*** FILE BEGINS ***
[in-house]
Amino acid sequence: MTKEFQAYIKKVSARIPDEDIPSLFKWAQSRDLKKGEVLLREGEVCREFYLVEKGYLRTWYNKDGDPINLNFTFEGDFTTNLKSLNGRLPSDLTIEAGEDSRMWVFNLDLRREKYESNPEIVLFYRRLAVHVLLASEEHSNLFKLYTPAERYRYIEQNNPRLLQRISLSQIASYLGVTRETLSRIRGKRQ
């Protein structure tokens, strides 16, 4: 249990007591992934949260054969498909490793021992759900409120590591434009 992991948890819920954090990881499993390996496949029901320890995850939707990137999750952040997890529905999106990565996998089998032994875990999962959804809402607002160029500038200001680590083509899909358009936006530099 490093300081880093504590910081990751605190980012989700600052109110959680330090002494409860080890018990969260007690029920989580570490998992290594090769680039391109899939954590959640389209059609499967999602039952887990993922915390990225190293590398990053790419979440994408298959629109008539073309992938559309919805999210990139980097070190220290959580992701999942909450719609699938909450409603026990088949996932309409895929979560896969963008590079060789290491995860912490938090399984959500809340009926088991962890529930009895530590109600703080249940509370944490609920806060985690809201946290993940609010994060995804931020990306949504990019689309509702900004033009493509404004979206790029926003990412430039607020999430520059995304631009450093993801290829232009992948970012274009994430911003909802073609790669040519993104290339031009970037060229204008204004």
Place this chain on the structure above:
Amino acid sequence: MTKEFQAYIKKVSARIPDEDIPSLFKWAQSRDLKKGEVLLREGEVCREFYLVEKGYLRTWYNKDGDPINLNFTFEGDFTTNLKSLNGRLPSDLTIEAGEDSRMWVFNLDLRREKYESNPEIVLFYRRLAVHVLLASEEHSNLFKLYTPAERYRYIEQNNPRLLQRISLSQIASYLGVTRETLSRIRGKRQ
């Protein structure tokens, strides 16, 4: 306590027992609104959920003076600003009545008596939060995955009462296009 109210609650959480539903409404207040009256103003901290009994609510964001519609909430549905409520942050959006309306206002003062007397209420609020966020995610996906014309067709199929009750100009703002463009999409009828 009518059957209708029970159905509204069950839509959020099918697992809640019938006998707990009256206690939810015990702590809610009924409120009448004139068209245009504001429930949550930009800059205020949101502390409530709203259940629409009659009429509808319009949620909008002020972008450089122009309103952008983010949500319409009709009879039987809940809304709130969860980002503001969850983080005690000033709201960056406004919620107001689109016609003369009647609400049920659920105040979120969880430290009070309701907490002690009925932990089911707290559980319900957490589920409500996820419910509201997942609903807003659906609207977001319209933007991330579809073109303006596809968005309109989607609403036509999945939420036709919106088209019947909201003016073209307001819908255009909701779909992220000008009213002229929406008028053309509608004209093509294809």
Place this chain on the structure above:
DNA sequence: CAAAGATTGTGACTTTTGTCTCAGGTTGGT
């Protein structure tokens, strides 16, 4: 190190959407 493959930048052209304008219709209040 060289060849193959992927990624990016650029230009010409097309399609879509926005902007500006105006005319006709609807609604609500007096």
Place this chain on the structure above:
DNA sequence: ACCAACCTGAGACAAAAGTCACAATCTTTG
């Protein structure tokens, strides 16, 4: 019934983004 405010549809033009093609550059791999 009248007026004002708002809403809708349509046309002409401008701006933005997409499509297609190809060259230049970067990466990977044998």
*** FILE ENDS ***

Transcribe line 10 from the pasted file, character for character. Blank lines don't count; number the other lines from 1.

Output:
Place this chain on the structure above: